One okay temptation squeeze a little chicken they’ve got a little chicken inside I think we missed it right here the colors are right there what for so he can play with it.
Cuz he’s a boy oh look at this stick there’s a stick he can chase he can chase around like the kitty can you want what we’ve got to my stuff let’s pick like four.
Things there’s a little mousie you think that’s enough Oh dog this is for dogs and this is for dogs all right do you want a toy oh that’s a.
Nice car learn colors by panties sounds fun whatever painting you have to wait and see oh it’s a surprise yes okay no you can’t do one much just a tiny bit okay yellow anybody come on red red orange yellow green blue purple okay can you guess what we’re making and orange all right let’s do the job yay I’ll do the last Purple’s my favorite color severe that’s.
Not good let’s put a little more purple on it Brooke hold our call.
Wow looks pretty good let me put a little more red we gotta make it read so if you guys still don’t know what it is what hey tell people you don’t be free guys I.
Got your present you’re ready you’re excited about it yeah I don’t know let’s go see you thank you nope and keep walking that way keep walking that way it’s a surprise keep walking okay stop both of you stop freeze okay I’m gonna bring the stuff out okay girls try it out be careful okay don’t be scared you’re not gonna die here.
Baby some milk what are you doing you feeding the baby hey look at these little tiny babies baby.
When octopuses go hunting for prey, they sometimes end up "dining" on members of their own species, and the cephalopods seem to have a taste for their victims' arm tips.
Divers have captured video of this octopus-on-octopus action in the wild for the first time on video.
In a new study, researchers described three cases of cannibalism in the common octopus — Octopus vulgaris — recorded with a camcorder by scuba divers in Ría de Vigo, Spain, located on the northeastern Atlantic coast. In two of the cases, the predators had started to eat the tips of the arms of their prey by the time the divers found them. [See Images of the Cannibalistic Octopus]
And, in one of the cases, the predator had access to more "traditional" prey in the form of mussels, but it still chose to feed on another, smaller octopus.
Although scientists had been aware of cannibalism occurrences among members of O. vulgaris, the previously reported cases were known only from analyses of stomach contents and laboratory observations, the researchers wrote in the study published Sept. 8 in the Journal of Comparative Psychology.
However, "this behavior has never been described from direct observations in the wild by scuba diving," said study author Jorge Hernández-Urcera of the Institute of Marine Research (IIM) in Vigo, Spain.
The researchers documented the first of the three cannibalism cases on Dec. 11, 2012, at a depth of 40 feet (12 meters), on a rocky bottom off the Cíes Islands, which are part of the National Park of the Atlantic Islands of Galicia (NAPAIG). A male octopus weighing about 4.85 pounds (2.2 kilograms) was holding in its grasp a smaller octopus without visible sexual characteristics, which weighed a bit less than a pound (about 400 grams). [See Video of the Cannibalistic Octopus in Action]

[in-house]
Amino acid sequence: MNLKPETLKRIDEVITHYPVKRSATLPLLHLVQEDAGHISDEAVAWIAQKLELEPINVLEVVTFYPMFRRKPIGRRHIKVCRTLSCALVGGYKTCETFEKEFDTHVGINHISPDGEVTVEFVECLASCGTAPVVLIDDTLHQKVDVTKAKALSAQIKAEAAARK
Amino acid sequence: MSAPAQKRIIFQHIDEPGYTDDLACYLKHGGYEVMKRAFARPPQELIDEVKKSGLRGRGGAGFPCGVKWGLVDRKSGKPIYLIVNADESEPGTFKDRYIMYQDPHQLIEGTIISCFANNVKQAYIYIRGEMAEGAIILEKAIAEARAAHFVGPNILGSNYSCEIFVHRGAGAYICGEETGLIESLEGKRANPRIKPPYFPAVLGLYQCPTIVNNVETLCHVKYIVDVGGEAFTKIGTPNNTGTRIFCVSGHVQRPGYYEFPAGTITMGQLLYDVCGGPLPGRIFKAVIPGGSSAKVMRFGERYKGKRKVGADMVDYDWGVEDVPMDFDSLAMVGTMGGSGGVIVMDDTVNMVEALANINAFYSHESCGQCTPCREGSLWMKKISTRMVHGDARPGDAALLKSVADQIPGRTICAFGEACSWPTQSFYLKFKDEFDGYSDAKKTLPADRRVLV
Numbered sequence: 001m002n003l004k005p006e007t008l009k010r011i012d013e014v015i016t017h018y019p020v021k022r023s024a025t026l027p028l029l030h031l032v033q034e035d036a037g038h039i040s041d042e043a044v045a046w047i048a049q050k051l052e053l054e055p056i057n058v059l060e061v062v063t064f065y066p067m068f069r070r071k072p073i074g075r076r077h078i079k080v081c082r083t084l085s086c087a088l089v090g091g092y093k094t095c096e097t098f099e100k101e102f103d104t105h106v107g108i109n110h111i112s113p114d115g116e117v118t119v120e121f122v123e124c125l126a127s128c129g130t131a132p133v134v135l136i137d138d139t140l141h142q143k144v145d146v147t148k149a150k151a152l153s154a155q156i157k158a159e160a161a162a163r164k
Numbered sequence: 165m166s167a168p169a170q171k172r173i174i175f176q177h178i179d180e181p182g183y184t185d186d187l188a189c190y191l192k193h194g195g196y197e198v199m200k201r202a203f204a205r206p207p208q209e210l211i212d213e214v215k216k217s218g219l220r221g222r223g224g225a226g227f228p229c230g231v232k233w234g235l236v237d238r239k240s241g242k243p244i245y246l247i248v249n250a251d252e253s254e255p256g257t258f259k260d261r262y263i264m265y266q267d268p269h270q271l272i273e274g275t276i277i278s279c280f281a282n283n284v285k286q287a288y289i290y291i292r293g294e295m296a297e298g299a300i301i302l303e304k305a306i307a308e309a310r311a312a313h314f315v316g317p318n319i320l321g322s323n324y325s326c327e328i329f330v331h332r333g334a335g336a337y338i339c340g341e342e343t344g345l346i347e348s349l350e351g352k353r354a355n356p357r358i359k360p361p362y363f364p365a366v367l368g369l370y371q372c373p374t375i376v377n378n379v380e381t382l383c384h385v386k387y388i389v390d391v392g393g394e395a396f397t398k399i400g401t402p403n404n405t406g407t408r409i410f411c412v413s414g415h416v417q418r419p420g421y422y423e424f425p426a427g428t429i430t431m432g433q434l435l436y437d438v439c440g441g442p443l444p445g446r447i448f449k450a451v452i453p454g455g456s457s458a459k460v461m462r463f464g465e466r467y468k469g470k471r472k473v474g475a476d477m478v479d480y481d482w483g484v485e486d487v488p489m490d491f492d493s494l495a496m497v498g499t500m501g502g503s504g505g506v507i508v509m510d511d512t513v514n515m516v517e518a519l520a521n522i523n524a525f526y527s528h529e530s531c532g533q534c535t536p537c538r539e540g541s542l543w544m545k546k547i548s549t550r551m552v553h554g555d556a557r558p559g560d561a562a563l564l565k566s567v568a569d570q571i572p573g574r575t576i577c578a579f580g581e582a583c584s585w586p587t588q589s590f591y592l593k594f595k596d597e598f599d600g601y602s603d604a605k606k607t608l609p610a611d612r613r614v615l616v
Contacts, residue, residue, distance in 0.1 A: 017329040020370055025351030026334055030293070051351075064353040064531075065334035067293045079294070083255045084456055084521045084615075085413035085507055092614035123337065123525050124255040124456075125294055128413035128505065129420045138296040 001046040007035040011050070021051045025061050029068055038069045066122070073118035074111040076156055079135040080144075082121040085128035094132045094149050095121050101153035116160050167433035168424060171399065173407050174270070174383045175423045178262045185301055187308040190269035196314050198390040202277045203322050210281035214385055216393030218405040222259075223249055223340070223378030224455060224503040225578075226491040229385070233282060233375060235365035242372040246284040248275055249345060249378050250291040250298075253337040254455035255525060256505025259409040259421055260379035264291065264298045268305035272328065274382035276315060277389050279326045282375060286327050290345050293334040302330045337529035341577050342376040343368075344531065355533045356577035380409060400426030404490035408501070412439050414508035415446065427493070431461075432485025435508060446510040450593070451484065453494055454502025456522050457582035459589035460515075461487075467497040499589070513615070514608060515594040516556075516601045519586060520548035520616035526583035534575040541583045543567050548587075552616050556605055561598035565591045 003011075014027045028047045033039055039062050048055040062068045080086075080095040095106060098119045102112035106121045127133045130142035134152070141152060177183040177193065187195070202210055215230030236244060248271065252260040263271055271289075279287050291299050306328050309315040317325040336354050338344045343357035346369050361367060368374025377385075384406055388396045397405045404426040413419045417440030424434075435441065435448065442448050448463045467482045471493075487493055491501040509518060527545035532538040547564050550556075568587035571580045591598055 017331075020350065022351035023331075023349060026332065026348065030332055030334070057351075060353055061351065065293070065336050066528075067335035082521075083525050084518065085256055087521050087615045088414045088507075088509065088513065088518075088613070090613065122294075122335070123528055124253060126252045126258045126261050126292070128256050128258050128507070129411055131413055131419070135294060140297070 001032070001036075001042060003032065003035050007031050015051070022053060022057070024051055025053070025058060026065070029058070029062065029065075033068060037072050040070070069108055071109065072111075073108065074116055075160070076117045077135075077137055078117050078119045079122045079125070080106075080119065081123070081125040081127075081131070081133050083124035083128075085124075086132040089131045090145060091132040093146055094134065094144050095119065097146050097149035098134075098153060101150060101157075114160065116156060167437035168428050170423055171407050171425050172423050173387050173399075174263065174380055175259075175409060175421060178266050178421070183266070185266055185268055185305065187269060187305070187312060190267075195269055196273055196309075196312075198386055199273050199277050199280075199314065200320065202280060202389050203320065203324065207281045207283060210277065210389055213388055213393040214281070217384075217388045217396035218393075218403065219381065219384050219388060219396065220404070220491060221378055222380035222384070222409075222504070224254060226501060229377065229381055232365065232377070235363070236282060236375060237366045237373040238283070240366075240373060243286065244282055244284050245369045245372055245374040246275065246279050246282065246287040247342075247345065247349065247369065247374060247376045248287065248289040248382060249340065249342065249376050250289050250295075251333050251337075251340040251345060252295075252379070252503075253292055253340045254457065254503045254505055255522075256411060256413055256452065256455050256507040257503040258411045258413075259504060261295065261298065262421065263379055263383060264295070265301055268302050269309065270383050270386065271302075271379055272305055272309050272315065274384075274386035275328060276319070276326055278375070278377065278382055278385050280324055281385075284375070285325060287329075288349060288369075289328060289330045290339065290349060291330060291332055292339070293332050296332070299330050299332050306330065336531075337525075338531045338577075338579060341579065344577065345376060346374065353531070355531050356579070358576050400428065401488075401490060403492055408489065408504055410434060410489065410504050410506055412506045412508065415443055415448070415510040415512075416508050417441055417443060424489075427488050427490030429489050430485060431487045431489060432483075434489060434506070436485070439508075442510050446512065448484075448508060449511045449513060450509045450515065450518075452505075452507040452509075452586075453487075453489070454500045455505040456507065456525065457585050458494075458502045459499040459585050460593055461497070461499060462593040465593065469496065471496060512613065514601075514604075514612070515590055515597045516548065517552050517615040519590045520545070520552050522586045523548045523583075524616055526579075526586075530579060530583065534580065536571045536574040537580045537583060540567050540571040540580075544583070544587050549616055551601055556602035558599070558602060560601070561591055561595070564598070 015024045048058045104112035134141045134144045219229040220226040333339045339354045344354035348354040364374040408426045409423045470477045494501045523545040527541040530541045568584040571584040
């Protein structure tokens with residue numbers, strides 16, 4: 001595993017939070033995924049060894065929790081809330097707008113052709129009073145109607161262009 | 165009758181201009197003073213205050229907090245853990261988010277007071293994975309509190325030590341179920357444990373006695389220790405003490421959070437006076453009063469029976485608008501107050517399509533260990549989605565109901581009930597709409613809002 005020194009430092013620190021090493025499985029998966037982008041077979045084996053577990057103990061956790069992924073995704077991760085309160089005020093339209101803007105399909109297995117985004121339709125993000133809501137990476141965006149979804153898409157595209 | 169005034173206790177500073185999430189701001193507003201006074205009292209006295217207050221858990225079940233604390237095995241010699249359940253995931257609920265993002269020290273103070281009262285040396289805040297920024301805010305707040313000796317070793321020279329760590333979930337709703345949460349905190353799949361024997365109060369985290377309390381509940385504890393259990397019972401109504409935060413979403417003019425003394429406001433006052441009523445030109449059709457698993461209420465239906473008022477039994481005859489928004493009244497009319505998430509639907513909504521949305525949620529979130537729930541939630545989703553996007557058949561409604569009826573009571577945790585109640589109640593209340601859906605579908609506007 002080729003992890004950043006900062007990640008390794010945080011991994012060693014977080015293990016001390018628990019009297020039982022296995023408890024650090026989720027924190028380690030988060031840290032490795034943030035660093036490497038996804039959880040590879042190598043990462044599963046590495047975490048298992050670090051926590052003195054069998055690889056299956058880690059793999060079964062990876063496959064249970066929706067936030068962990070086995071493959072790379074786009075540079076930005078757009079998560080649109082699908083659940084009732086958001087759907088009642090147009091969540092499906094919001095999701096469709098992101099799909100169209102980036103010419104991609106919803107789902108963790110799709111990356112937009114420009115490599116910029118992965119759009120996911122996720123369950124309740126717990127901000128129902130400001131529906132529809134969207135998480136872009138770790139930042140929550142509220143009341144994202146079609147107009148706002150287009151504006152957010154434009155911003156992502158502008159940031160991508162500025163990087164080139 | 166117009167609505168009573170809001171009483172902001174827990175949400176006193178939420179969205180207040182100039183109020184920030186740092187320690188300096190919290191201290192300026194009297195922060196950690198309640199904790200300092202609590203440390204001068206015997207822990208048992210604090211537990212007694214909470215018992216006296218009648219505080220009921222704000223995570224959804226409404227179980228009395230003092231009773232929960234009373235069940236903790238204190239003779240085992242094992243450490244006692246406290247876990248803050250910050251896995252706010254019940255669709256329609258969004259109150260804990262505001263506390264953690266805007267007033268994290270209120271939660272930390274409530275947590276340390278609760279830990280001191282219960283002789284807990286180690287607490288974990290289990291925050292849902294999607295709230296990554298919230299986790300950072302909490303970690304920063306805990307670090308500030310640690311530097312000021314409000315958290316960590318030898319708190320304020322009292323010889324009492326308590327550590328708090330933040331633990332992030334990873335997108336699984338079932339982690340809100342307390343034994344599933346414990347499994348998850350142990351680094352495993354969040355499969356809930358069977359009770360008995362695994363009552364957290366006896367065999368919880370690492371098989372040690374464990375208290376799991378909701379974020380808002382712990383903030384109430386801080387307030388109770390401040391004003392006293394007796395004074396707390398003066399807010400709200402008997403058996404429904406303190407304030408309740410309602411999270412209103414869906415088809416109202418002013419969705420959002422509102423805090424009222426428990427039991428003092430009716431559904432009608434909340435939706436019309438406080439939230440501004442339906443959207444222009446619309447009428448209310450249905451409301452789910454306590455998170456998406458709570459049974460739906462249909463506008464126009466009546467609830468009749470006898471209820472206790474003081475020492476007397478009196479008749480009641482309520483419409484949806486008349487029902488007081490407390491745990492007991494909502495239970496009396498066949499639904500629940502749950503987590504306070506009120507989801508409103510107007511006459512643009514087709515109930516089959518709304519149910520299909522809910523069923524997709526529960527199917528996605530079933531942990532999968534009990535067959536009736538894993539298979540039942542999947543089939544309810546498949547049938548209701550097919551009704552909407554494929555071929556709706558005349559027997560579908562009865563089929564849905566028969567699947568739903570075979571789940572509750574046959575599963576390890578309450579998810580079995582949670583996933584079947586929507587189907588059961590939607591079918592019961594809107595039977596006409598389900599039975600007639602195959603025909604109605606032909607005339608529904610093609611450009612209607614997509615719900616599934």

"The animal was dead, showing a pale white color and the tips of its arms had been eaten," the researchers wrote.
The second case was recorded July 13, 2013, on a sandy bottom about 60 feet (18 m) below the surface near the Estelas Islands. A male octopus of about the same weight as the in first case carried an octopus weighing a bit more than a pound (540 grams) inside a ball-shaped sack that it had formed with its arms and web – the skin between its arms that it can spread to capture prey.
The diver who recorded the case realized that "the prey was still alive, because it poked and moved one of its arms between the dorsal pair of arms of the predator," the researchers wrote. The diver disturbed the predator, which in turn let go of the prey, letting it escape, and therefore the researchers classified this case as "an attempted predation."
The third recorded case occurred Nov. 26, 2013, at a depth of about 45 feet (14 m), on a rocky bottom off the Cíes Islands, also within NAPAIG. A female octopus of almost 4 pounds (1.8 kg) was holding an octopus weighing less than a pound (about 350 grams), of unknown sex. The prey was already dead when the diver saw it, "with a pale white color and the tips of the arms eaten," the researchers wrote.
Cannibalistic behavior in octopuses may be motivated by various factors, the researchers said.
When octopuses are in captivity, and too many of them are introduced to the same aquarium or an on-growing cage – a type of floating cage in which octopuses are reared, they may resort to cannibalism as a means of defending their territory, Hernández Urcera said.
"The existence of territoriality in octopuses is, however, controversial," he said, adding that studies have shown varying results on this phenomenon.
Territoriality, the lack of available prey and the vulnerability of smaller males to being eaten by larger females are some of the potential reasons for cannibalistic behavior among octopuses in the wild, Hernández Urcera told Live Science.
However, the researchers think the most probable cause of cannibalism in the cases observed is the high net energy gained from preying on other octopuses.
For example, when an octopus feeds on a smaller member of its species, it receives the same amount of energy it would get by feeding on a large number of mussels — its common prey, Hernández Urcera said. But the cost of capturing another octopus is lower than the energy cost of snagging all of those mussels. In addition, an octopus may choose to feed on another member of its species instead of mussels because itcan get more protein per gram from octopus meat than from mussels. Moreover, handling another octopus requires less energy than opening the number of mussels whose weight would be equivalent to the weight of meat provided by a single octopus.